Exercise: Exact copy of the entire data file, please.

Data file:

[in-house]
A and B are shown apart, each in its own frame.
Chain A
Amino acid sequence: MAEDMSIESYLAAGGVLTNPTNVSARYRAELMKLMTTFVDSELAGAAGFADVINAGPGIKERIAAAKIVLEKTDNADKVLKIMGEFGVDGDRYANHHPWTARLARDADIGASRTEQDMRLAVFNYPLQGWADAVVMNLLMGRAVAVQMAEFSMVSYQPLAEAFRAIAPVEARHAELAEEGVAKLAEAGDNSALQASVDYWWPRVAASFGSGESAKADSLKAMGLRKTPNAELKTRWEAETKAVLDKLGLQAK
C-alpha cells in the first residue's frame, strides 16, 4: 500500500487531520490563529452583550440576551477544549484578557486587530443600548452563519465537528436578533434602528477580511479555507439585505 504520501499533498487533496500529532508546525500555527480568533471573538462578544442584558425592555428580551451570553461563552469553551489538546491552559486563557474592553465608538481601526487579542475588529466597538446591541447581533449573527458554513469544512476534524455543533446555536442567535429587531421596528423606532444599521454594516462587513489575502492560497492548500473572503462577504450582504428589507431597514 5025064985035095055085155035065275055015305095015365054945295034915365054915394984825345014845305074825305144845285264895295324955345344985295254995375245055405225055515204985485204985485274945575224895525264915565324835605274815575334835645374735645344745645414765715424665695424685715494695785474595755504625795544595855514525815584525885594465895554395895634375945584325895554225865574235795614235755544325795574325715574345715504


[in-house]
A and B are shown apart, each in its own frame.
Chain A
Amino acid sequence: MAEDMSIESYLAAGGVLTNPTNVSARYRAELMKLMTTFVDSELAGAAGFADVINAGPGIKERIAAAKIVLEKTDNADKVLKIMGEFGVDGDRYANHHPWTARLARDADIGASRTEQDMRLAVFNYPLQGWADAVVMNLLMGRAVAVQMAEFSMVSYQPLAEAFRAIAPVEARHAELAEEGVAKLAEAGDNSALQASVDYWWPRVAASFGSGESAKADSLKAMGLRKTPNAELKTRWEAETKAVLDKLGLQAK
C-alpha cells in the first residue's frame, strides 16, 4: 500500500487531520490563529452583550440576551477544549484578557486587530443600548452563519465537528436578533434602528477580511479555507439585505 504520501499533498487533496500529532508546525500555527480568533471573538462578544442584558425592555428580551451570553461563552469553551489538546491552559486563557474592553465608538481601526487579542475588529466597538446591541447581533449573527458554513469544512476534524455543533446555536442567535429587531421596528423606532444599521454594516462587513489575502492560497492548500473572503462577504450582504428589507431597514 5025064985035095055085155035065275055015305095015365054945295034915365054915394984825345014845305074825305144845285264895295324955345344985295254995375245055405225055515204985485204985485274945575224895525264915565324835605274815575334835645374735645344745645414765715424665695424685715494695785474595755504625795544595855514525815584525885594465895554395895634375945584325895554225865574235795614235755544325795574325715574345715504